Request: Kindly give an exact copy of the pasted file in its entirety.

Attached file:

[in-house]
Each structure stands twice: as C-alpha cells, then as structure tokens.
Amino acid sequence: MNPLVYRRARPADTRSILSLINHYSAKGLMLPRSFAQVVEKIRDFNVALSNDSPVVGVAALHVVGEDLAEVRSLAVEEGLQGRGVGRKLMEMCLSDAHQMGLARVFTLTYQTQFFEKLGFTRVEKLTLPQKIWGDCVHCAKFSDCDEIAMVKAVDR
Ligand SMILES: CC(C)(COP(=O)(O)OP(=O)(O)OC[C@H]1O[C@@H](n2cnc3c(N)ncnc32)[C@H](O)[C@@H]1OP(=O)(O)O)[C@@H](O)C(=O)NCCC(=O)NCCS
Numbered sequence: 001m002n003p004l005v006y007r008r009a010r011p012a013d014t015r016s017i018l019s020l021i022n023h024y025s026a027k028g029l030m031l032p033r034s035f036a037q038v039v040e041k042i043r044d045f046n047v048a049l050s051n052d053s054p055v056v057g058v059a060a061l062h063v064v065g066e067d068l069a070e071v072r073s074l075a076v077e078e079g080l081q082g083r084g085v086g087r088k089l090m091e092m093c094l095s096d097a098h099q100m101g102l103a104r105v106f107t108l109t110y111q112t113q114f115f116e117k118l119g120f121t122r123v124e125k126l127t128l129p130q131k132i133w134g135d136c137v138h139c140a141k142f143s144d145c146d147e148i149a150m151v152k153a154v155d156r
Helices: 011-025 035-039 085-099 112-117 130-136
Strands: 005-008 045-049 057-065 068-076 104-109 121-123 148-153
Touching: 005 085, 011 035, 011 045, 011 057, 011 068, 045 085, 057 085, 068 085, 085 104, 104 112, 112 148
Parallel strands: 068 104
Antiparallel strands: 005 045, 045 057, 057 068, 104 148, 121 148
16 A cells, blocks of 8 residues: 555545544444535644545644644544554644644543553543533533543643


[in-house]
Each structure stands twice: as C-alpha cells, then as structure tokens.
Amino acid sequence: MNPLVYRRARPADTRSILSLINHYSAKGLMLPRSFAQVVEKIRDFNVALSNDSPVVGVAALHVVGEDLAEVRSLAVEEGLQGRGVGRKLMEMCLSDAHQMGLARVFTLTYQTQFFEKLGFTRVEKLTLPQKIWGDCVHCAKFSDCDEIAMVKAVDR
Ligand SMILES: CC(C)(COP(=O)(O)OP(=O)(O)OC[C@H]1O[C@@H](n2cnc3c(N)ncnc32)[C@H](O)[C@@H]1OP(=O)(O)O)[C@@H](O)C(=O)NCCC(=O)NCCS
Numbered sequence: 001m002n003p004l005v006y007r008r009a010r011p012a013d014t015r016s017i018l019s020l021i022n023h024y025s026a027k028g029l030m031l032p033r034s035f036a037q038v039v040e041k042i043r044d045f046n047v048a049l050s051n052d053s054p055v056v057g058v059a060a061l062h063v064v065g066e067d068l069a070e071v072r073s074l075a076v077e078e079g080l081q082g083r084g085v086g087r088k089l090m091e092m093c094l095s096d097a098h099q100m101g102l103a104r105v106f107t108l109t110y111q112t113q114f115f116e117k118l119g120f121t122r123v124e125k126l127t128l129p130q131k132i133w134g135d136c137v138h139c140a141k142f143s144d145c146d147e148i149a150m151v152k153a154v155d156r
Helices: 011-025 035-039 085-099 112-117 130-136
Strands: 005-008 045-049 057-065 068-076 104-109 121-123 148-153
Touching: 005 085, 011 035, 011 045, 011 057, 011 068, 045 085, 057 085, 068 085, 085 104, 104 112, 112 148
Parallel strands: 068 104
Antiparallel strands: 005 045, 045 057, 057 068, 104 148, 121 148
16 A cells, blocks of 8 residues: 555545544444535644545644644544554644644543553543533533543643